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It's a mother's job to worry

May 11, 2003

Thousands upon thousands of mothers across the nation will spend today - Mother's Day - wondering where their sons and daughters are and, more importantly, if they are safe.

Over the past two months, The Herald-Mail asked for and received pictures and information about local men and women who are serving their country in military service in the war with Iraq and the war against terrorism.

The Herald-Mail has published information about more than 70 of those soldiers, sailors, marines, pilots and reservists.

It makes you realize that both wars are closer to home than an atlas would suggest.

There are families in our area who do not know where their sons or daughters, husbands, brothers, sisters or wives are at this moment. They have good reason to fear for their safety.

When we first asked readers to send us information about local military personnel, we thought we might receive a handful of pictures. They just kept coming.


Every morning in my newsroom mailbox or in my e-mail was information about young men and women who were barely out of high school.

I was sent information about family members who left jobs, children and spouses because their reserve unit was called to duty.

Still others sent information about career military men and women, also sent to faraway places.

We received information about men and women who serve aboard ships, drive trucks and tanks and fly planes. They carry guns, predict the weather, build roads and bridges, keep planes in the air and help the injured. They provide security, keep fellow troops supplied and make sure communication systems are working.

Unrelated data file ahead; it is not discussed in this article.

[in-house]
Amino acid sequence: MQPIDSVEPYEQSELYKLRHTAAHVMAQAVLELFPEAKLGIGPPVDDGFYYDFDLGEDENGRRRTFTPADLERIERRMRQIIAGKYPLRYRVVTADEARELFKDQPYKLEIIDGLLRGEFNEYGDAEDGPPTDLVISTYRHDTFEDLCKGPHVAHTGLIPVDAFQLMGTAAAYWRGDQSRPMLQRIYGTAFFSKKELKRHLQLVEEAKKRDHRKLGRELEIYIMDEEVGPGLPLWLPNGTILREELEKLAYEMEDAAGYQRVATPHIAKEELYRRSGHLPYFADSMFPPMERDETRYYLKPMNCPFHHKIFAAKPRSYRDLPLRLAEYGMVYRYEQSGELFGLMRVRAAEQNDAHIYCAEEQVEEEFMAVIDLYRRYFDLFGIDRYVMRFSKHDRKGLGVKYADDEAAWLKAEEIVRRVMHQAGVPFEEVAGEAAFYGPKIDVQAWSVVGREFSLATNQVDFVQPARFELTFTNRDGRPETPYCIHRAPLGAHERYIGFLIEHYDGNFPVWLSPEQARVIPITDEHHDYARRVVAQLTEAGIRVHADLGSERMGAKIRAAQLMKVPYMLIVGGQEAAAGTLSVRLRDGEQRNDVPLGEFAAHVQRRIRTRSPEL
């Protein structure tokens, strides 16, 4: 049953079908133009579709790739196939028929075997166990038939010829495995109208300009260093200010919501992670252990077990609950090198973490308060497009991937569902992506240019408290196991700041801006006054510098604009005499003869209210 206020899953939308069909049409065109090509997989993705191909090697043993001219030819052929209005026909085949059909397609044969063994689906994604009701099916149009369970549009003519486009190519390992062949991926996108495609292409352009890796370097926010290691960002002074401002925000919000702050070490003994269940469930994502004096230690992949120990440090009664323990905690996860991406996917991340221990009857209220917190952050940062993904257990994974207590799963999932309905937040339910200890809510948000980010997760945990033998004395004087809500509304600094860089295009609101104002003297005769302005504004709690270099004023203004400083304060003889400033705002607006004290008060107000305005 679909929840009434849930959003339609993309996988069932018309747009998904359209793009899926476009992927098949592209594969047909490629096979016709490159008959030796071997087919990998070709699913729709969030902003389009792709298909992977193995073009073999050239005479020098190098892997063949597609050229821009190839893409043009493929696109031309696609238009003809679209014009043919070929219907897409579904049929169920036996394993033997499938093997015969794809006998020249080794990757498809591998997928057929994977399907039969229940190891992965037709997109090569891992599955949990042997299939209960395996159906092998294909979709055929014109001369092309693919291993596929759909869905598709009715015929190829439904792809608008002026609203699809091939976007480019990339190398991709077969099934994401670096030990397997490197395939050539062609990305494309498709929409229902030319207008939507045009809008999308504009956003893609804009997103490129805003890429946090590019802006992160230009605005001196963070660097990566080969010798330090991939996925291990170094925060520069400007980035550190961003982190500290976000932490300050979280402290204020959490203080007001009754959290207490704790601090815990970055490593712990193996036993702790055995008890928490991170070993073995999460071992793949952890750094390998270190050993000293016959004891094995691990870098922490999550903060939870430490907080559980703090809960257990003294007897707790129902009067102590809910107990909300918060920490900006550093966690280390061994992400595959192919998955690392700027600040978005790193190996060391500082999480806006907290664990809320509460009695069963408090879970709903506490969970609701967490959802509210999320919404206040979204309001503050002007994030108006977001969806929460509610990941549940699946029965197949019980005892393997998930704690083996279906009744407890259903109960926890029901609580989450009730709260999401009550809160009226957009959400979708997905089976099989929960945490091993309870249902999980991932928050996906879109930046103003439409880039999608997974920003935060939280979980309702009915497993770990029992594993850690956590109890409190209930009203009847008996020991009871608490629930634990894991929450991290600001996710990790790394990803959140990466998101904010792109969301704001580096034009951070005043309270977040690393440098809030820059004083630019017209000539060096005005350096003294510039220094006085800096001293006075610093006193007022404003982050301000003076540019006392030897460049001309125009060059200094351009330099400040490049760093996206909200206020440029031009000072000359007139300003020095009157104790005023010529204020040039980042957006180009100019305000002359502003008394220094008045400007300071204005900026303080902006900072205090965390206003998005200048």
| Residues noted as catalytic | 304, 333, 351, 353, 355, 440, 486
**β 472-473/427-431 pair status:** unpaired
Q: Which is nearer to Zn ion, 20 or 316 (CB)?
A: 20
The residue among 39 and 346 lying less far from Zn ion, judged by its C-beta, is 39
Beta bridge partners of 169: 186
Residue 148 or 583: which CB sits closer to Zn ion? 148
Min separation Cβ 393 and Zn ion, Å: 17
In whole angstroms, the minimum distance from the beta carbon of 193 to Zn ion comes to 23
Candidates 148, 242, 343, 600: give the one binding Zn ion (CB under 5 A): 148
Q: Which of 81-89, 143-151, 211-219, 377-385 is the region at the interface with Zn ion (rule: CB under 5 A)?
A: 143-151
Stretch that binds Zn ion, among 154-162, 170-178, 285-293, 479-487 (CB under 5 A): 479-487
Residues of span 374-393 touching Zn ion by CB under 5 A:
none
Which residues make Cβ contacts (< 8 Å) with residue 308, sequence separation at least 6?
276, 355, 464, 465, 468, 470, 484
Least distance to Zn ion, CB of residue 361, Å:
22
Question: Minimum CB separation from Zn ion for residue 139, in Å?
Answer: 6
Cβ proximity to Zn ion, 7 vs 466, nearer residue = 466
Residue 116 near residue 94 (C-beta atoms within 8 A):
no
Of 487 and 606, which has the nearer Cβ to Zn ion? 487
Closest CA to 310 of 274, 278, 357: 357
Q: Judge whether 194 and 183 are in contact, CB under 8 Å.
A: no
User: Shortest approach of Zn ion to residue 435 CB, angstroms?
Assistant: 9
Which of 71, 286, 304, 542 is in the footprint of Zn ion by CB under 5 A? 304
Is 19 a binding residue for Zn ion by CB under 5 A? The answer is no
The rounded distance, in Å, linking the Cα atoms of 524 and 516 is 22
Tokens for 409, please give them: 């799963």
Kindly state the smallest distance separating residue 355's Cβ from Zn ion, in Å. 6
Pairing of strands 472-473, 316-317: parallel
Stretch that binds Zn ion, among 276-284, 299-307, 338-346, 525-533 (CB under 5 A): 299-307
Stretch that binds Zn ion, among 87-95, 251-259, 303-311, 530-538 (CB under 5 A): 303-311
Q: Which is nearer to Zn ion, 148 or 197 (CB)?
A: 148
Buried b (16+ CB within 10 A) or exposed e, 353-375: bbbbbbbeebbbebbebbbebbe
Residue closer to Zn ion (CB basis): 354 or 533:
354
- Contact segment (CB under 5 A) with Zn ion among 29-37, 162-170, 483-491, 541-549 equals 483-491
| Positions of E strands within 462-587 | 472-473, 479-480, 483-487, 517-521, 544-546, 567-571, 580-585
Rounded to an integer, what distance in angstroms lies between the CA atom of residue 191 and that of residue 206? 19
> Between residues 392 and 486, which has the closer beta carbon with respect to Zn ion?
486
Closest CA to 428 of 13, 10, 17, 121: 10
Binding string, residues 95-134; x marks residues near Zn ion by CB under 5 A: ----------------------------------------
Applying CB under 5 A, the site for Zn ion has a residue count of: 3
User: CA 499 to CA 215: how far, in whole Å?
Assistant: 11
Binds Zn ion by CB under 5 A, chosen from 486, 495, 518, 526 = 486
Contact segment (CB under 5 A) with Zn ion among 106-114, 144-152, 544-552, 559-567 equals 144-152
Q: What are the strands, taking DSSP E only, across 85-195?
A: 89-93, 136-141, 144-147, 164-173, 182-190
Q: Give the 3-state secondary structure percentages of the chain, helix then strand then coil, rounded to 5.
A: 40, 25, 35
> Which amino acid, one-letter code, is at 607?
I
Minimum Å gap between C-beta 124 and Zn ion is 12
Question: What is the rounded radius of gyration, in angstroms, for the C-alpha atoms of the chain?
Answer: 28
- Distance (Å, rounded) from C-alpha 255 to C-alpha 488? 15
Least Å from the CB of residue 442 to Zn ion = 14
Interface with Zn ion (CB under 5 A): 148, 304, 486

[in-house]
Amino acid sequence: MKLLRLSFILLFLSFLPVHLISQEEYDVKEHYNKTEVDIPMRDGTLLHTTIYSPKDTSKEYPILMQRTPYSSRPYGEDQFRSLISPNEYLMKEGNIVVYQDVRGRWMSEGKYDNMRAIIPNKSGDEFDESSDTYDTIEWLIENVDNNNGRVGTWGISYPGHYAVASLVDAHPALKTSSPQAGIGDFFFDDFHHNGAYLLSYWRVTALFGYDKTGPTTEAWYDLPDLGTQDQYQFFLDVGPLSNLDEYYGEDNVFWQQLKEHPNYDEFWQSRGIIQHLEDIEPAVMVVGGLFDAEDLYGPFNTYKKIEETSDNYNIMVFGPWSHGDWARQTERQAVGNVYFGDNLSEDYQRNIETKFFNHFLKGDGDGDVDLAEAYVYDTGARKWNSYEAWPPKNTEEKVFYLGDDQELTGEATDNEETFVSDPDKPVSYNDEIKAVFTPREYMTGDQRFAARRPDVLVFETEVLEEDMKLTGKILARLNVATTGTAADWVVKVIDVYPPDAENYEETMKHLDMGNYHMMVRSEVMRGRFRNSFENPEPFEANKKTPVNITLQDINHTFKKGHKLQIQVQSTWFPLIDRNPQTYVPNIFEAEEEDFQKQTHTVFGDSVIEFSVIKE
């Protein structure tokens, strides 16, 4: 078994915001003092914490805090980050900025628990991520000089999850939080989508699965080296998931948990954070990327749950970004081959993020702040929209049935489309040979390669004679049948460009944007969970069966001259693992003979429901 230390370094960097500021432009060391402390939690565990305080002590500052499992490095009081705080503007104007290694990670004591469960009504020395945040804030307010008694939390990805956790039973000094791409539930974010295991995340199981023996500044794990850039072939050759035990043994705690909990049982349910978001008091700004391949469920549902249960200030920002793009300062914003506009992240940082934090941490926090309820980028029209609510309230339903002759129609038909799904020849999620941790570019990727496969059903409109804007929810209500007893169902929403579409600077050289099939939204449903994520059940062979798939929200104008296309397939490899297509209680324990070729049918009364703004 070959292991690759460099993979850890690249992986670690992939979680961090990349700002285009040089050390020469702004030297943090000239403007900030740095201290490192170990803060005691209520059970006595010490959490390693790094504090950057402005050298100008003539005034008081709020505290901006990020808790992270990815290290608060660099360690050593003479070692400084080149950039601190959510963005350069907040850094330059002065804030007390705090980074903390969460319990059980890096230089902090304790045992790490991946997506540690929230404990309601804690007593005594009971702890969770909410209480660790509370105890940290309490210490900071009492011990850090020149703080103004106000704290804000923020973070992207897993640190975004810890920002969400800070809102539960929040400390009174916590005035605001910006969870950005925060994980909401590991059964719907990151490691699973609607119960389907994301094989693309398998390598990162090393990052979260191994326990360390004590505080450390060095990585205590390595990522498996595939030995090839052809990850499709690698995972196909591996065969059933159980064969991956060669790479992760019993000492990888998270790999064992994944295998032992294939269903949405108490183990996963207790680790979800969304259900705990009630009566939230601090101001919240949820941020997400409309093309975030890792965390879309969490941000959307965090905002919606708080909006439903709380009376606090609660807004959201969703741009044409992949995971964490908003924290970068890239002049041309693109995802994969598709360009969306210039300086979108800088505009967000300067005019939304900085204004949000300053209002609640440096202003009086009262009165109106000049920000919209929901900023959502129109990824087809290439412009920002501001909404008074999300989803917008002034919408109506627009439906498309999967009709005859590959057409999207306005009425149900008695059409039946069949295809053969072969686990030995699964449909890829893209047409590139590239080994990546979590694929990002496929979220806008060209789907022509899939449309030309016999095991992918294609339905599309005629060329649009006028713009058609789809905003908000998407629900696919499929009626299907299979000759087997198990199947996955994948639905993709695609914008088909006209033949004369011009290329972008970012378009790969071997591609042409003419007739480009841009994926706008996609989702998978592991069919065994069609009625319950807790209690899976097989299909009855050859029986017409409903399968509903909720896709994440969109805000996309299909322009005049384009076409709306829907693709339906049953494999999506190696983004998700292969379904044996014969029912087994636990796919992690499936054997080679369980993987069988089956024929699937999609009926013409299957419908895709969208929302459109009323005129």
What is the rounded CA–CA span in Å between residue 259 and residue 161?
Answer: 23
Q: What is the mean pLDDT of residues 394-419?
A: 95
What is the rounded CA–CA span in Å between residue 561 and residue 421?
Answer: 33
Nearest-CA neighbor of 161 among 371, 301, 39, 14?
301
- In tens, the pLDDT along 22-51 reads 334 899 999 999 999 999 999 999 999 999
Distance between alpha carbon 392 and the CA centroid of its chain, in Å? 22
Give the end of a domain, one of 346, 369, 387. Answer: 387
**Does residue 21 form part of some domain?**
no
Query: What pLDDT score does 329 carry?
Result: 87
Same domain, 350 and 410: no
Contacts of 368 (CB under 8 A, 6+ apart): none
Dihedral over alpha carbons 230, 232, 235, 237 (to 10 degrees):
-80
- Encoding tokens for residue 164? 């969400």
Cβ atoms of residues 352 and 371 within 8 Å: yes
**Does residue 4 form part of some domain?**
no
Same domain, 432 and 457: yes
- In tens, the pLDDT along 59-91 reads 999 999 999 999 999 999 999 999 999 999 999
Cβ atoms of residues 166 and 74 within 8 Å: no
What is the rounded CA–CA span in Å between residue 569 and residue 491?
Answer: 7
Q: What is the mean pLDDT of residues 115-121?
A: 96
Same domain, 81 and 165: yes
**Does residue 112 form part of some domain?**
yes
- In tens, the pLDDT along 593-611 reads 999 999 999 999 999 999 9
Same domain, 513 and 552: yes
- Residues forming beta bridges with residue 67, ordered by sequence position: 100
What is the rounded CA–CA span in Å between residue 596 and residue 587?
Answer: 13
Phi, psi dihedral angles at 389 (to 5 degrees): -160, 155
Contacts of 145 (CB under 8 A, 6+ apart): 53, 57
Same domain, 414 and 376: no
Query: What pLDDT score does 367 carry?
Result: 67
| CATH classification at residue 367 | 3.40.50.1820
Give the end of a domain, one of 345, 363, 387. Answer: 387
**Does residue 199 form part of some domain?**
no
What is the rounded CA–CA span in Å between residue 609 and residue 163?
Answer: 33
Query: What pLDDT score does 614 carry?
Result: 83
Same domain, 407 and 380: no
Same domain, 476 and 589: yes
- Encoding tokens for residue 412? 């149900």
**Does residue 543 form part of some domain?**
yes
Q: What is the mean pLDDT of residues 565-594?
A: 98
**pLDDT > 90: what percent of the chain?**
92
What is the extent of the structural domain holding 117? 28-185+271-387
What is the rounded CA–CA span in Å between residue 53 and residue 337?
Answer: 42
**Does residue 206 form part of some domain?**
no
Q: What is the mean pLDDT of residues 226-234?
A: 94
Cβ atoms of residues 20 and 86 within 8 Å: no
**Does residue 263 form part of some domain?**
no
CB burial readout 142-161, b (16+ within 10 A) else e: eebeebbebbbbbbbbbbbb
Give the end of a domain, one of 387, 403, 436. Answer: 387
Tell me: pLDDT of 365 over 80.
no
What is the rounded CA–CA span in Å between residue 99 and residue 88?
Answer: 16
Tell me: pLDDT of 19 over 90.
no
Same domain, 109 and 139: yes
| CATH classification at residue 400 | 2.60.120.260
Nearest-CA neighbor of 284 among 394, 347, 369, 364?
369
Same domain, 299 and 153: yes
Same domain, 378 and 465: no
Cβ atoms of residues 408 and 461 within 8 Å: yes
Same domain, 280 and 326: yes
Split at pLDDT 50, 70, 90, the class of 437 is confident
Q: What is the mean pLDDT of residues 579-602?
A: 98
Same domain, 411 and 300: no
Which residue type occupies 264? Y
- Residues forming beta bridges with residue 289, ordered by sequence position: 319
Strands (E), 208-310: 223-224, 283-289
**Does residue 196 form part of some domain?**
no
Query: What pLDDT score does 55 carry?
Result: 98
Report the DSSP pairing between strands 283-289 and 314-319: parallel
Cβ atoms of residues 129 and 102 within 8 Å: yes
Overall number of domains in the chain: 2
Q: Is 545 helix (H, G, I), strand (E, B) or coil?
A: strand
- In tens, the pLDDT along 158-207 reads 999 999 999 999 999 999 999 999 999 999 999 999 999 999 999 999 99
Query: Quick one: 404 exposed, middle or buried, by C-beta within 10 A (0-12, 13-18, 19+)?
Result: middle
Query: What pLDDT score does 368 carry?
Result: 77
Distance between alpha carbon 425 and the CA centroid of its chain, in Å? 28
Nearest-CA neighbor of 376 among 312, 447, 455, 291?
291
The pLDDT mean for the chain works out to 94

I have talked to many mothers in the Tri-State area who have children serving in the military. I called them with a question or they called me to see if the information about their child had been received.

They share a common emotion - pride. It is easy to hear in their voices.

Perhaps they also share another emotion - fear. I could sometimes hear that as well.

Fear for a child is an old emotion for a mother - any mother.

We fear for our children even before they are born.

We fret through the infant stages, fight our anxiety when they become toddlers and dread the day they are old enough to drive.

Even seeing our children reach adult status does not end the worry.

We worry about the person they will find to marry and then we worry they won't find anyone at all. We worry about the careers they pick and what the future will hold for them.

With every stage in our children's lives, a new fear comes, a new worry is born.

Believe me when I tell you a mother can, by her very nature, come up with enough to worry about without adding a war to the mix.

So on this day, from one mother to another, allow me to salute the mothers of active military. May your children be safe. May they come home soon.

And may your Mother's Day next year be worry-free.

Liz Thompson is city editor at The Herald-Mail. She can be contacted at 301-733-5131, extension 7682, or by e-mail at

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